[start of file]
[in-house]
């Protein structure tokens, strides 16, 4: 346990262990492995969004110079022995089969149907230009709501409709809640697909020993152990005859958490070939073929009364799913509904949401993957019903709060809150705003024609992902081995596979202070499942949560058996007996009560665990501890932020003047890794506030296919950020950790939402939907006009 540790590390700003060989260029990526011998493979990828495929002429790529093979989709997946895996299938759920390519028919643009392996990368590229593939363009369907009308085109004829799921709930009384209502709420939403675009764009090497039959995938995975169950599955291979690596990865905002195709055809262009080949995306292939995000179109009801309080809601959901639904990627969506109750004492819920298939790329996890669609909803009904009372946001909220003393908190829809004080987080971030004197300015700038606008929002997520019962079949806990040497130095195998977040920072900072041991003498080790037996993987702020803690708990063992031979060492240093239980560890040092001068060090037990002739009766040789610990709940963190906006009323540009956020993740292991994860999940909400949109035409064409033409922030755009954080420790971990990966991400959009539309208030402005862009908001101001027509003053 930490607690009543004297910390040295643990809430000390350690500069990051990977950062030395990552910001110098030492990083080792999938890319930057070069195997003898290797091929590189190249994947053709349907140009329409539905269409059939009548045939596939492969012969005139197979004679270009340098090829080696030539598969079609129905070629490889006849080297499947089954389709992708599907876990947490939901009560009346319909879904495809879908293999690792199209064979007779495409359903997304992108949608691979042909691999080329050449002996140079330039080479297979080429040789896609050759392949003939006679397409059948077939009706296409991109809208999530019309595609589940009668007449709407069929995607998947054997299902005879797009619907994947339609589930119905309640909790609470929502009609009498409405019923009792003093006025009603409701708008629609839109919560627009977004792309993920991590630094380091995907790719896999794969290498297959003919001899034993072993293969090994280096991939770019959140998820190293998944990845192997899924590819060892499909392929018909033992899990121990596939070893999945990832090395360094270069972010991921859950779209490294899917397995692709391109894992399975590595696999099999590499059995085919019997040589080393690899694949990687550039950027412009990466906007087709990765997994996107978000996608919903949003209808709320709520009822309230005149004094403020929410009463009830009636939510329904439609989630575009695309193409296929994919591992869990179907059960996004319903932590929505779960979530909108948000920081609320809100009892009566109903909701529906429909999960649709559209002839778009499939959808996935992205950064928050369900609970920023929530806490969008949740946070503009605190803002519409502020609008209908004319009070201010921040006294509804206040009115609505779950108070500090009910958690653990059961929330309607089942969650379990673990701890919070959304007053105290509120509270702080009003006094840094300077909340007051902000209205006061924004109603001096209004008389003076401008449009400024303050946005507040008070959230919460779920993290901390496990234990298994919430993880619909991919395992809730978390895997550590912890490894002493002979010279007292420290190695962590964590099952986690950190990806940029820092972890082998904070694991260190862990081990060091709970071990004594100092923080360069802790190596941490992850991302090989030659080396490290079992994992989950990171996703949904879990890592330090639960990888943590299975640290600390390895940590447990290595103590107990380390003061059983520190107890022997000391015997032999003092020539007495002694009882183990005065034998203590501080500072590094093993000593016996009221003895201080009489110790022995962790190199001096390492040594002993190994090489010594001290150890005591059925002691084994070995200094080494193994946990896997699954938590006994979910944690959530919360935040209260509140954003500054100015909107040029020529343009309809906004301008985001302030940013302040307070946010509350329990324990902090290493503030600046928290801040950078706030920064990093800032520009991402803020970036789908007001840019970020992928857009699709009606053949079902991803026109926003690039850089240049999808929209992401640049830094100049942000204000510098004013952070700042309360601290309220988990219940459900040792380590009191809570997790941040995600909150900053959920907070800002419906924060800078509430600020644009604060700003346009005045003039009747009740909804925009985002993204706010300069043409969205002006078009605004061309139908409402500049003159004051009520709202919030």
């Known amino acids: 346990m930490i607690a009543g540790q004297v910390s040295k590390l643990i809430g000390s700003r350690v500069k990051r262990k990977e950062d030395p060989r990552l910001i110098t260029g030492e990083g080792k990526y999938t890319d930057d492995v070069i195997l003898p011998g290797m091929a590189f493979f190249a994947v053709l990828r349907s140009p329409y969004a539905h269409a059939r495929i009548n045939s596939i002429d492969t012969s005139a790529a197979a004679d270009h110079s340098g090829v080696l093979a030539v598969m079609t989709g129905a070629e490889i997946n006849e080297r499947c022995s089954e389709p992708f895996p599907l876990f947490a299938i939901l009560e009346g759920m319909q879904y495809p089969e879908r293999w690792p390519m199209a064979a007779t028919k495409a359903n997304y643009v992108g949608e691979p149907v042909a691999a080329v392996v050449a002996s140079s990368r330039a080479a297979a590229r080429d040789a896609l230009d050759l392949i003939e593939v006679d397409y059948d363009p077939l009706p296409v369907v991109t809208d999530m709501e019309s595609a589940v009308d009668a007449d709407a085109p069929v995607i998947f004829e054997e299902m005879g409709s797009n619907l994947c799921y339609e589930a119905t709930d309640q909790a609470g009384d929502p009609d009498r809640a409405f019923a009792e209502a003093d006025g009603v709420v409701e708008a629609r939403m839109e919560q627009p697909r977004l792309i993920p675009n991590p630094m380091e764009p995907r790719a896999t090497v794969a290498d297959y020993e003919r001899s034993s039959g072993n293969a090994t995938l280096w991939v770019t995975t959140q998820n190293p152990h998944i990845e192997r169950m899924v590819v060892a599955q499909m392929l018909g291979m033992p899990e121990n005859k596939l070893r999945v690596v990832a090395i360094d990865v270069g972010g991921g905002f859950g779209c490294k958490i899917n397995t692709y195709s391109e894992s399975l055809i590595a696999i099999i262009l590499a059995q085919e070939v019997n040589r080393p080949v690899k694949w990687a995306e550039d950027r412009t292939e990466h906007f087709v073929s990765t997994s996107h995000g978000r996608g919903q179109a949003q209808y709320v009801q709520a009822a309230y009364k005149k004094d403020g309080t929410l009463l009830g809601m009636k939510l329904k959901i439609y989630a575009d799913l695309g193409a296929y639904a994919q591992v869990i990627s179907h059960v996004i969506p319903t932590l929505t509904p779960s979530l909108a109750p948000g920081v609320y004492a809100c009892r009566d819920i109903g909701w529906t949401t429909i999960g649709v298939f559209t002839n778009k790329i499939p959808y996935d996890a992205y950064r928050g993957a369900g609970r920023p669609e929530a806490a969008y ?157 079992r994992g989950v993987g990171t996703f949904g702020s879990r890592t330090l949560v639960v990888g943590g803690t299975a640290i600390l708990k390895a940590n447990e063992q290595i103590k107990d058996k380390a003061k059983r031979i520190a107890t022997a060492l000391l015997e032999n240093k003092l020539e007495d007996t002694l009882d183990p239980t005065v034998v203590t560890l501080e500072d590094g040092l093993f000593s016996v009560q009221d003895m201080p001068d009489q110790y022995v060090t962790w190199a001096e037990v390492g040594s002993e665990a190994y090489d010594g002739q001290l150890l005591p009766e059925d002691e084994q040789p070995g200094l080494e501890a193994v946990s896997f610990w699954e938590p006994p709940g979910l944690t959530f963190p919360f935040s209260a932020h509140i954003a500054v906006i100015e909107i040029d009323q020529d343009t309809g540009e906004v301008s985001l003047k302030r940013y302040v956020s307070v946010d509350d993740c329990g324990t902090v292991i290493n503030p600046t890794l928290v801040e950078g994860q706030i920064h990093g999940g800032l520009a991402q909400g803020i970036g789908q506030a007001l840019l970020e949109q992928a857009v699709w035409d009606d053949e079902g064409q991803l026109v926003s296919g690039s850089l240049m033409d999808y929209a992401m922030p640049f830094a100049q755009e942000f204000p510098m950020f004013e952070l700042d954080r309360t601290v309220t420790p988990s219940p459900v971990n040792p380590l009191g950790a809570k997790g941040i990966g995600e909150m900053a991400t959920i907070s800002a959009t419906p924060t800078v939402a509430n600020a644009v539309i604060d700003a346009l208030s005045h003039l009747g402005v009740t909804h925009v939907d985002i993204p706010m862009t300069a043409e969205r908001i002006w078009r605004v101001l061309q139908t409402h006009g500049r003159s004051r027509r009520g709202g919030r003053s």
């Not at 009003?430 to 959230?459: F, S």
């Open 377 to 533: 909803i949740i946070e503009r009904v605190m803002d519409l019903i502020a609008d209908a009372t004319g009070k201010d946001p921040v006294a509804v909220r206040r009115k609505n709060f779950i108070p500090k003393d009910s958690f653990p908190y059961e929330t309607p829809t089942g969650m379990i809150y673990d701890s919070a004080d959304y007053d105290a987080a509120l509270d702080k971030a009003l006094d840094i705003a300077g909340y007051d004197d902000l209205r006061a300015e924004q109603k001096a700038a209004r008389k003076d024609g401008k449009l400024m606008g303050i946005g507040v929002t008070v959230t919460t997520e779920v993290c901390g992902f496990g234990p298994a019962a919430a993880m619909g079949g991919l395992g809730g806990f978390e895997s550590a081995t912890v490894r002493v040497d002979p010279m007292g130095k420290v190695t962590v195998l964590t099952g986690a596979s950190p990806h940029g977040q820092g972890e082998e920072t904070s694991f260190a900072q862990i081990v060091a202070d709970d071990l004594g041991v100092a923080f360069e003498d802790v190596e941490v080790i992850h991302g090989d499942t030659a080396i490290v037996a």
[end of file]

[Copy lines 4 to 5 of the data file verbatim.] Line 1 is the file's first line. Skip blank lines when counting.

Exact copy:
């Not at 009003?430 to 959230?459: F, S």
């Open 377 to 533: 909803i949740i946070e503009r009904v605190m803002d519409l019903i502020a609008d209908a009372t004319g009070k201010d946001p921040v006294a509804v909220r206040r009115k609505n709060f779950i108070p500090k003393d009910s958690f653990p908190y059961e929330t309607p829809t089942g969650m379990i809150y673990d701890s919070a004080d959304y007053d105290a987080a509120l509270d702080k971030a009003l006094d840094i705003a300077g909340y007051d004197d902000l209205r006061a300015e924004q109603k001096a700038a209004r008389k003076d024609g401008k449009l400024m606008g303050i946005g507040v929002t008070v959230t919460t997520e779920v993290c901390g992902f496990g234990p298994a019962a919430a993880m619909g079949g991919l395992g809730g806990f978390e895997s550590a081995t912890v490894r002493v040497d002979p010279m007292g130095k420290v190695t962590v195998l964590t099952g986690a596979s950190p990806h940029g977040q820092g972890e082998e920072t904070s694991f260190a900072q862990i081990v060091a202070d709970d071990l004594g041991v100092a923080f360069e003498d802790v190596e941490v080790i992850h991302g090989d499942t030659a080396i490290v037996a």